Appeal to build The Fleming Centre is launched, with HRH Prince William announced as Patron

Today Imperial College Healthcare NHS Trust and Imperial College London have launched an appeal to build The Fleming Centre, which will drive a global movement to tackle antimicrobial resistance.   
Due to open in 2028, the Centre will be based at the historic St Mary’s Hospital in Paddington, London. His Royal Highness Prince William, The Prince of Wales will be Patron of the appeal.
The opening of the Centre in 2028 will mark a century since the discovery of penicillin, the first antibiotic, by Sir Alexander Fleming in 1928 at St Mary’s. Fleming’s original Laboratory is still housed there.
Antimicrobial resistance (AMR) is an urgent global public health threat. It occurs when the microorganisms which cause infection develop resistance to treatments (such as antibiotics and antifungals), leading to an increase in drug-resistant infections. AMR already kills over one million people around the world each year,[1] and is a growing challenge in treating infections such at tuberculosis.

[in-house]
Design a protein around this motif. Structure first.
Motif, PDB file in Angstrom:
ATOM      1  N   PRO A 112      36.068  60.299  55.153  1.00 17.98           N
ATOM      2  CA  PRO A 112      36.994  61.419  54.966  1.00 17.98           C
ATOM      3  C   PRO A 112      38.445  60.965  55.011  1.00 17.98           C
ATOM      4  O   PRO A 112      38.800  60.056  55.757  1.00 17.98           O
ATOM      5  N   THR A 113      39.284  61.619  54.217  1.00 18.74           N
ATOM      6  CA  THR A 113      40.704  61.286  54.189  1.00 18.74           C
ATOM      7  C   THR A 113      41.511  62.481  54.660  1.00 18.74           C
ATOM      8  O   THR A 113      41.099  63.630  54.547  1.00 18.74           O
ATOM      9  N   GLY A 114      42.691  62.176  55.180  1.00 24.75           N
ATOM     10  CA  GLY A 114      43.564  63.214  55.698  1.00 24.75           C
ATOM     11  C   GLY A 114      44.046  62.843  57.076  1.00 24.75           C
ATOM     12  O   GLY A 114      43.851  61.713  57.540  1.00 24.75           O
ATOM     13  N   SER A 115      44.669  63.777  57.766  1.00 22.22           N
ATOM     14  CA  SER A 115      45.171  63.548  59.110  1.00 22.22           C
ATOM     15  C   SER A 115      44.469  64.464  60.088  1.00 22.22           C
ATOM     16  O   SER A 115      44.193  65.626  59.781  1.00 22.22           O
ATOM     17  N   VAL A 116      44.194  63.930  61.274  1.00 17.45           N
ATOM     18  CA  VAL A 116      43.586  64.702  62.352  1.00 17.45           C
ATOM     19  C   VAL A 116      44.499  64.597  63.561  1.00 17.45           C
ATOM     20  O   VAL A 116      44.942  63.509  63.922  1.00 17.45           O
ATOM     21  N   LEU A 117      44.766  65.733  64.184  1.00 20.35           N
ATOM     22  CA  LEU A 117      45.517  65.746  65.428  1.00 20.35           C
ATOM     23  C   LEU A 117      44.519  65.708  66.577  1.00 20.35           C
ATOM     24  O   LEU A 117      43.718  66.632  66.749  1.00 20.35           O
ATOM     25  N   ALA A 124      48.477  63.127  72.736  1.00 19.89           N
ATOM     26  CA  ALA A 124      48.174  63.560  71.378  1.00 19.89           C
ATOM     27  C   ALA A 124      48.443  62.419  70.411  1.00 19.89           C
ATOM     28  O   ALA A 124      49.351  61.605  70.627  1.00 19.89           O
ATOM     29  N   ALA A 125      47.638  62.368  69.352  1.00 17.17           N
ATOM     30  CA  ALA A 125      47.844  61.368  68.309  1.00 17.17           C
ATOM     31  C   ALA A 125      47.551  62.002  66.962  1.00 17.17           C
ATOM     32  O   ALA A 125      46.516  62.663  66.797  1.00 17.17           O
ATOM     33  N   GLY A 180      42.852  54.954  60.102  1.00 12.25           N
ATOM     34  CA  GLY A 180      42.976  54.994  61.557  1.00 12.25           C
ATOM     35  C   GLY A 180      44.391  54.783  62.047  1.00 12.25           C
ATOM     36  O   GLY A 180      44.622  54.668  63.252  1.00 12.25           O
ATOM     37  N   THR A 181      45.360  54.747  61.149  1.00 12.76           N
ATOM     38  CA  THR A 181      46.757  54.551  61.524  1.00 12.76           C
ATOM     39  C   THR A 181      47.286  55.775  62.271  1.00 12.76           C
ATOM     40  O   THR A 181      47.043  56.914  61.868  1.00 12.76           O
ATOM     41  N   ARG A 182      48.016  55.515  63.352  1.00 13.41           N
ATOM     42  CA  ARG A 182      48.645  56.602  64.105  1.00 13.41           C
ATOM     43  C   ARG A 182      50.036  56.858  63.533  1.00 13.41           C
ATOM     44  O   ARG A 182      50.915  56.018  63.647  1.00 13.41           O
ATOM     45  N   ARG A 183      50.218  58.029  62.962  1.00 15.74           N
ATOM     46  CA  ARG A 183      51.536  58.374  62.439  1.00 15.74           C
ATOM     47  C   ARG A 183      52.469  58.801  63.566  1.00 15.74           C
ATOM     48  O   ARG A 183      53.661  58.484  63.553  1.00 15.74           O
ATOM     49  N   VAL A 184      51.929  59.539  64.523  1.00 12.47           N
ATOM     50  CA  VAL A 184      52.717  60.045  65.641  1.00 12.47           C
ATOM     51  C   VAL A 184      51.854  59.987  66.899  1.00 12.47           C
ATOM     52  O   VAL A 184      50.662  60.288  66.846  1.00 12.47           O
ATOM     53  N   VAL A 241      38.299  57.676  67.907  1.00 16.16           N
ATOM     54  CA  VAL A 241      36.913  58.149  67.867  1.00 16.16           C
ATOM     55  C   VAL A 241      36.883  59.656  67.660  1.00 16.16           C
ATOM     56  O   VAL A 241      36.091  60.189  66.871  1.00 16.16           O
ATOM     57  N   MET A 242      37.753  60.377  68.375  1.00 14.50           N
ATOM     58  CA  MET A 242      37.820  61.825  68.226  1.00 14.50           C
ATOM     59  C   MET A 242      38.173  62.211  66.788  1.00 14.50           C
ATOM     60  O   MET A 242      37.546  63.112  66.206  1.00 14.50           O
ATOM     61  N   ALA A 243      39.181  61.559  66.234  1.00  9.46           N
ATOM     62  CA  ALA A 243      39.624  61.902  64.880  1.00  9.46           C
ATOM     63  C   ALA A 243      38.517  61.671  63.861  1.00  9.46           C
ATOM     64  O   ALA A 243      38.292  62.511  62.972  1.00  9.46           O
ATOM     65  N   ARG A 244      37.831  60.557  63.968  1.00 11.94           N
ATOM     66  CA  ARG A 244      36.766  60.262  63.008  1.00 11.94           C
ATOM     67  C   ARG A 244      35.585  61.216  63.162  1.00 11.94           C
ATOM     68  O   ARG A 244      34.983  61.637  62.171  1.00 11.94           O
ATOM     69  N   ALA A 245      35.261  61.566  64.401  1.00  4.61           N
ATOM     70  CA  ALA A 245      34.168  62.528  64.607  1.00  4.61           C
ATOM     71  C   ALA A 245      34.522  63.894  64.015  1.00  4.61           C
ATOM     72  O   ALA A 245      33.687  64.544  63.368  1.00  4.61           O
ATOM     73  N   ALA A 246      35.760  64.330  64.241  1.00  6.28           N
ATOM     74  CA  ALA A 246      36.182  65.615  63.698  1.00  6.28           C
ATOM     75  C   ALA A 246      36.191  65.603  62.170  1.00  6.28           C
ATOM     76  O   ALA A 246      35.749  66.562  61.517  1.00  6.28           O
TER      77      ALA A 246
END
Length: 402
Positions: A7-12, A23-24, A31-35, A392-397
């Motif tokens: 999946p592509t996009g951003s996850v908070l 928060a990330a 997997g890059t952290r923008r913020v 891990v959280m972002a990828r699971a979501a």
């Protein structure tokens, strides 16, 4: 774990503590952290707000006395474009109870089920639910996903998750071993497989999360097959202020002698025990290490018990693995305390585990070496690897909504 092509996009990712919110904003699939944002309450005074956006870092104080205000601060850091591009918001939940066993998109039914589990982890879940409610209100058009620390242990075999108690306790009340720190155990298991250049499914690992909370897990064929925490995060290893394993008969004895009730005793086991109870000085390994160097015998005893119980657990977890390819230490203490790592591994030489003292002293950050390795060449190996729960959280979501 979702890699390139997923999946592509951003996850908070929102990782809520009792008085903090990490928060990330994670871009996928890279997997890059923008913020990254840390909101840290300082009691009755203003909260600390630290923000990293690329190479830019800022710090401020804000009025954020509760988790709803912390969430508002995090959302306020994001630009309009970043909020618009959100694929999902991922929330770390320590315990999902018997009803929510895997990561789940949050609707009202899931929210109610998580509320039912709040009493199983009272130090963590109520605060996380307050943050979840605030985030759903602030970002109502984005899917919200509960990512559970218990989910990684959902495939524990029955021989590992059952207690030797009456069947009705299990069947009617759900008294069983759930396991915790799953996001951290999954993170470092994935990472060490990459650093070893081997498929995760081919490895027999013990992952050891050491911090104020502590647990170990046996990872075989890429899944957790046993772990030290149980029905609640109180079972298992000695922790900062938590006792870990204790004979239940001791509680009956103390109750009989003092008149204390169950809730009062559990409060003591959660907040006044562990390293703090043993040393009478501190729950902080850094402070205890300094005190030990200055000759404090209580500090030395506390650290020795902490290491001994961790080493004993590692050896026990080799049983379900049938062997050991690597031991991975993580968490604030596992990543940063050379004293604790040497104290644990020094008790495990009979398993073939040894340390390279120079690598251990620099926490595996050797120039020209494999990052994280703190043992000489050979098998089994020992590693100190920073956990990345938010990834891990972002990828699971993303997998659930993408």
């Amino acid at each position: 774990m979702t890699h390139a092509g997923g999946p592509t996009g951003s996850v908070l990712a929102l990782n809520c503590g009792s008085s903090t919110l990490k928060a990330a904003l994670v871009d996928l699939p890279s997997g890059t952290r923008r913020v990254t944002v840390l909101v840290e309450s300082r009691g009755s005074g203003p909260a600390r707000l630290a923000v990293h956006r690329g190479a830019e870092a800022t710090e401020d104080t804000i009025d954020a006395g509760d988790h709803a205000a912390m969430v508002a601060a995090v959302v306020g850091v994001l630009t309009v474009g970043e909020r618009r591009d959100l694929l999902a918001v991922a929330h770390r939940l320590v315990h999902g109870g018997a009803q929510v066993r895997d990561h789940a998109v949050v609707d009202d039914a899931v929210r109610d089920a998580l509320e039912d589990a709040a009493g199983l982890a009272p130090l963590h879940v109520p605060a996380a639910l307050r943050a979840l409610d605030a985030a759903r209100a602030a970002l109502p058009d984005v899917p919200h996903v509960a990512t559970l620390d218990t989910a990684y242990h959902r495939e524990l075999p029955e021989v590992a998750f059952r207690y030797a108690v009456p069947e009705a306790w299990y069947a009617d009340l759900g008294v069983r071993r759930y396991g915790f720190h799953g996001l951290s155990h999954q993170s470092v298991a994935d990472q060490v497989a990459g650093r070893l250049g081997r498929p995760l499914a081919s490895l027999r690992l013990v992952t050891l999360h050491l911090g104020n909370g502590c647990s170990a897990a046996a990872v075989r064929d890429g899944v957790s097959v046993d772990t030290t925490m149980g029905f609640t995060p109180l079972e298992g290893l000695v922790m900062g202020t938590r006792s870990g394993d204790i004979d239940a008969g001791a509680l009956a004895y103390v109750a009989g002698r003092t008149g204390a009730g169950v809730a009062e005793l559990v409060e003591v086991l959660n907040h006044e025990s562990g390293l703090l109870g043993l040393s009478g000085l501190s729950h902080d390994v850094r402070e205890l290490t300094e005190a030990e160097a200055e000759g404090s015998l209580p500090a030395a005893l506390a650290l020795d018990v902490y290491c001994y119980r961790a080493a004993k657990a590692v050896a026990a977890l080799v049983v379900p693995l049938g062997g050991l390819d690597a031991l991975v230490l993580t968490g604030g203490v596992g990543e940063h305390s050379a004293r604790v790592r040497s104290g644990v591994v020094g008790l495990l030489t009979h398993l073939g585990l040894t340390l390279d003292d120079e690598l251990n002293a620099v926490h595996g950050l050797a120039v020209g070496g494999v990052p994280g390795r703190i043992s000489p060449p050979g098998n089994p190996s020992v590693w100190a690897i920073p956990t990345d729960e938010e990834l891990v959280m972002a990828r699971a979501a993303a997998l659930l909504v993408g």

It has been caused in part by the widespread misuse and overuse of antibiotics and other antimicrobials, in humans and livestock, which has led to the global spread of drug-resistant microbes. If the problem is not resolved, it is estimated that by 2050, drug-resistant microbes will lead to around ten million deaths per year.[2]
In order to effectively tackle AMR, global awareness and behaviour change is needed alongside rapid scientific advances. The aim of The Fleming Centre– is to put society at the heart of solving this problem.
Chaired by Professor the Lord Darzi of Denham, the Fleming Centre will combine cutting edge research, public engagement, and work with policymakers to drive a global change. It will deliver both research programmes and public exhibitions and engagement activities to educate, inspire and take action. It will convene diverse global voices and build consensus for change.
At the Centre, scientists will work alongside patients, members of the public and policy makers to scope, test and scale solutions, so that antimicrobials can continue to keep the world safe.